Dr. Victor Frankenstein creates his creature, who escapes into the countryside to find that humanity has only pain and sorrow for him. But a psychic link between created and creator draws ... See full summary »
Wiley and Sandra have been happily married for years and are now in the process of breaking up. Sam, his childhood friend, is just beginning to fall in love with a new teacher at the high ... See full summary »
Dr. Carter Elson is a man who finds a list of men's names among his wife Alex's possessions. When Carter discovers his own name at the bottom of the list, and that some of the other names ... See full summary »
An eccentric marketing guru visits a Coca-Cola subsidiary in Australia to try and increase market penetration. He finds zero penetration in a valley owned by an old man who makes his own ... See full summary »
Main opponents at the mayor's election in Nashville are the middle-class Jones and rich Adams. Their children, 21 years old Thommy Lee and 17 years old Elisabeth Adams, meet each other in a... See full summary »
An elderly man discovers that his son wants to put him in an old-age home. However, the old man's grandson refuses to allow it, and the man and his grandson wind up becoming roommates at the boy's college dorm.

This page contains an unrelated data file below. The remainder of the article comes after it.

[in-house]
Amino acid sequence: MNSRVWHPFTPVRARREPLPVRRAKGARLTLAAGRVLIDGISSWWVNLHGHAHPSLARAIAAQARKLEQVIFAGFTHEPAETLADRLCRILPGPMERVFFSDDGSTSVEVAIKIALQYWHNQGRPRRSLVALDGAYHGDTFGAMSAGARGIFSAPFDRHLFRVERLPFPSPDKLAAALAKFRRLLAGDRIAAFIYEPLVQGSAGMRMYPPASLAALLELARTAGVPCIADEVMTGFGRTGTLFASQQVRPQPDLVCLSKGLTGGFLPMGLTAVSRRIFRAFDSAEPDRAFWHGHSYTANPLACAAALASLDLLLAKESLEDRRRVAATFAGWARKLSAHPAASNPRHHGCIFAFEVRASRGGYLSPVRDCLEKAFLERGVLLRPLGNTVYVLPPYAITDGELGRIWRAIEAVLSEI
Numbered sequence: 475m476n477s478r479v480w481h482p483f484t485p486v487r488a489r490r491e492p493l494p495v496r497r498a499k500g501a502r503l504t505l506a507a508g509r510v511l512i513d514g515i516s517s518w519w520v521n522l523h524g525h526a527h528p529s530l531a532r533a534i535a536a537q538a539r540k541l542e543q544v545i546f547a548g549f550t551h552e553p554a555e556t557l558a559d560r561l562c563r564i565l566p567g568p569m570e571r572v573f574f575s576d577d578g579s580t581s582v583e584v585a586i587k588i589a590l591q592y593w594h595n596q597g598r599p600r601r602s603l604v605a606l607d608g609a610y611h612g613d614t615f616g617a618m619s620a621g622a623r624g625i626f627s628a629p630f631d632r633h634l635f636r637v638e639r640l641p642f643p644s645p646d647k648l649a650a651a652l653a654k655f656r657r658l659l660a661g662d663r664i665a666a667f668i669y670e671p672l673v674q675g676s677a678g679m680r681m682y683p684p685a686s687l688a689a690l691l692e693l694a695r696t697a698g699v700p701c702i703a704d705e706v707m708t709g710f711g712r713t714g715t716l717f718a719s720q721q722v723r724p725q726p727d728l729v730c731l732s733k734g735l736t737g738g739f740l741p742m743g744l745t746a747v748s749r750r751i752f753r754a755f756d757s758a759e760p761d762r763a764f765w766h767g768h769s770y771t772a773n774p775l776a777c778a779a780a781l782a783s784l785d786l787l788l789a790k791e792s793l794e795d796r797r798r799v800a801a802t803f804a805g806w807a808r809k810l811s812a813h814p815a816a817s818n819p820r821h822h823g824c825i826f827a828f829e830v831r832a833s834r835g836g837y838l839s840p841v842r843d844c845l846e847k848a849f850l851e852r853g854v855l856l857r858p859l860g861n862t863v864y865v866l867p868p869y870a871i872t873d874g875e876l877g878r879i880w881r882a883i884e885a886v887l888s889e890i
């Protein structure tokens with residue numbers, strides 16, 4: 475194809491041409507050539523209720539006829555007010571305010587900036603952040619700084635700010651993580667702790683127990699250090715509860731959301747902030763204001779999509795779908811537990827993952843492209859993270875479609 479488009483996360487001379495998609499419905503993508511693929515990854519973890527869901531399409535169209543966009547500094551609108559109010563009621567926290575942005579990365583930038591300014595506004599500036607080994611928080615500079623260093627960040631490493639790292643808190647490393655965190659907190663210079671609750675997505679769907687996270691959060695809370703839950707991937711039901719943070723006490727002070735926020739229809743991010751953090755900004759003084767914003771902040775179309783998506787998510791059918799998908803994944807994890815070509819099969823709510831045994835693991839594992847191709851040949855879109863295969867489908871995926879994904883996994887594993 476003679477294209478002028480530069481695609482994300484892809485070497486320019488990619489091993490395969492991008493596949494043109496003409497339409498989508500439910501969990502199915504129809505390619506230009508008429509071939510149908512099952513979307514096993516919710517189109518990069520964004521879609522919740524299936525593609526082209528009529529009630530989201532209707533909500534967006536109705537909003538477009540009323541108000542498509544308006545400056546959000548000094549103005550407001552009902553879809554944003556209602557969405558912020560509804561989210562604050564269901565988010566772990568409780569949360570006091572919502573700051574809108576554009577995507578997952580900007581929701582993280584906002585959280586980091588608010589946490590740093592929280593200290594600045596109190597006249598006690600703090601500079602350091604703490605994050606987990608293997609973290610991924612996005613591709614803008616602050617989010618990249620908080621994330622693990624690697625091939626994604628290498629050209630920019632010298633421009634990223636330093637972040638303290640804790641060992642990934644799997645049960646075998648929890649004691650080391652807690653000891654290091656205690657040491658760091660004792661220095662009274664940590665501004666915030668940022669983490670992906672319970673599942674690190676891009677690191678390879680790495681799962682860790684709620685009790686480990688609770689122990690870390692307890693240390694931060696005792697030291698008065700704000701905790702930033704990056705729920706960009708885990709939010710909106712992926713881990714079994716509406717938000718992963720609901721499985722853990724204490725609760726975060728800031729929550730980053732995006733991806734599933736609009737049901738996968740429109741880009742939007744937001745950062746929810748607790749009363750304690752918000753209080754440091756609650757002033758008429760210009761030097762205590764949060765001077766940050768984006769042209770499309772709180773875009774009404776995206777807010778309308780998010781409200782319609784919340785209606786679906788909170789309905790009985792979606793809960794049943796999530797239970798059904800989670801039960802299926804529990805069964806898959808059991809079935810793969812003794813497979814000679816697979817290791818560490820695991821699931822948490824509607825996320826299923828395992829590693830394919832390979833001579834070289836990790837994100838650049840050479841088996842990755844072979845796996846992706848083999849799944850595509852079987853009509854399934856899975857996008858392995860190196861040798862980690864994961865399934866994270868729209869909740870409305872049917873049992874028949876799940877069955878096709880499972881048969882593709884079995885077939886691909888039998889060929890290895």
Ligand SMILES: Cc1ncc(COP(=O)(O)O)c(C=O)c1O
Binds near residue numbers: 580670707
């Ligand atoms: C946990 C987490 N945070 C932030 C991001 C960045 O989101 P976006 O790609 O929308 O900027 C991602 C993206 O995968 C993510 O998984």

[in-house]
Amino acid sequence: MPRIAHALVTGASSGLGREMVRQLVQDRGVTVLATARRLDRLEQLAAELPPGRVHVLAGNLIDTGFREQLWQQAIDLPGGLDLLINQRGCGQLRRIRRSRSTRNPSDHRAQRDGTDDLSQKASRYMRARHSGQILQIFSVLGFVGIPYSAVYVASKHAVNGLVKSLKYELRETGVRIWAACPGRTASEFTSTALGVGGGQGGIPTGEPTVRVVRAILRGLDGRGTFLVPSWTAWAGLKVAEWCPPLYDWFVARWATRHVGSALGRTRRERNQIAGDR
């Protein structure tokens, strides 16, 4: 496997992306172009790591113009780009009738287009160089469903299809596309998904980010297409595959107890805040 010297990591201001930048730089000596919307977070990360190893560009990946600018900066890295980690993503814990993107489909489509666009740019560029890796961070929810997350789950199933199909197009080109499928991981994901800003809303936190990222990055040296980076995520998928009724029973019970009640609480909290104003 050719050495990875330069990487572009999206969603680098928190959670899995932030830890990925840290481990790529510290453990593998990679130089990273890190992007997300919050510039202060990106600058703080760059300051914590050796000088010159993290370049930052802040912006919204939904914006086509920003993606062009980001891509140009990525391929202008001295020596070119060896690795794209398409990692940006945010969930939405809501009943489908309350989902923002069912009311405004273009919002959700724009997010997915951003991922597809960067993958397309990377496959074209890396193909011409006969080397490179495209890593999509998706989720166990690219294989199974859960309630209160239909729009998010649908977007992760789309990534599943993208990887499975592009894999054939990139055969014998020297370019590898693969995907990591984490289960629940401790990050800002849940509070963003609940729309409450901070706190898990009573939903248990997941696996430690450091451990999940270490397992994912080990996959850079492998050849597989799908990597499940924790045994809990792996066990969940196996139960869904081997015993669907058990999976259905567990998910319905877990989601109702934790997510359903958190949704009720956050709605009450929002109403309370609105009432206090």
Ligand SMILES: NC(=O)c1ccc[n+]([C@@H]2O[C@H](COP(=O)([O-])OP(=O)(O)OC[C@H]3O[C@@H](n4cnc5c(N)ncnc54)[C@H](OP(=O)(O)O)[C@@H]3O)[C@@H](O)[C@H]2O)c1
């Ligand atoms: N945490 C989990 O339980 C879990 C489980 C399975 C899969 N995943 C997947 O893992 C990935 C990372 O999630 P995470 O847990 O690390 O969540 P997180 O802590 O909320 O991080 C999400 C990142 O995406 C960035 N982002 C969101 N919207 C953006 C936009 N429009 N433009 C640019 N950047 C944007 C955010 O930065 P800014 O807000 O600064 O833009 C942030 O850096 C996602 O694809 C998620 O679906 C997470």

The New York production of "The Goodbye People" by Herb Gardner opened at the Ethel Barrymore Theater in New York on December 3, 1968 and ran for 7 performances. Sammy Smith recreated his stage role in the movie version. See more »
This movie has a bad rep (see Leonard Maltin's guide), but if you liked Herb Gardner's "A Thousand Clowns," you will find similar pleasures here. Great writing from Gardner, with periodic laugh-out-loud lines. The cast works well, too, particularly Martin Balsam from "Clowns" (fascinating to see in a virtually opposite role 20 years later). Interesting also to see Gene Saks in a near-cameo, unrecognizable from his Chuckles character from "Clowns." Most intriguing to me is the setting; 95 percent of it takes place on the beach and boardwalk. In "Clowns," the play was "opened up" from the apartment with the addition of exhilarating (and mostly wordless) excursions around New York City. Conversely, "The Goodbye People" needs no such opening up, as the outdoor Coney Island setting has as its greatest asset the endless horizon. Accordingly, this film is about dreams and what you've got to do to make the most of life. Yes, it's talky, but so is "Clowns." In most movies, it's the writing that makes the difference, and Gardner doesn't disappoint. As a bonus, awesome evergreens make up the soundtrack. Don't hesitate to give this gem a try.
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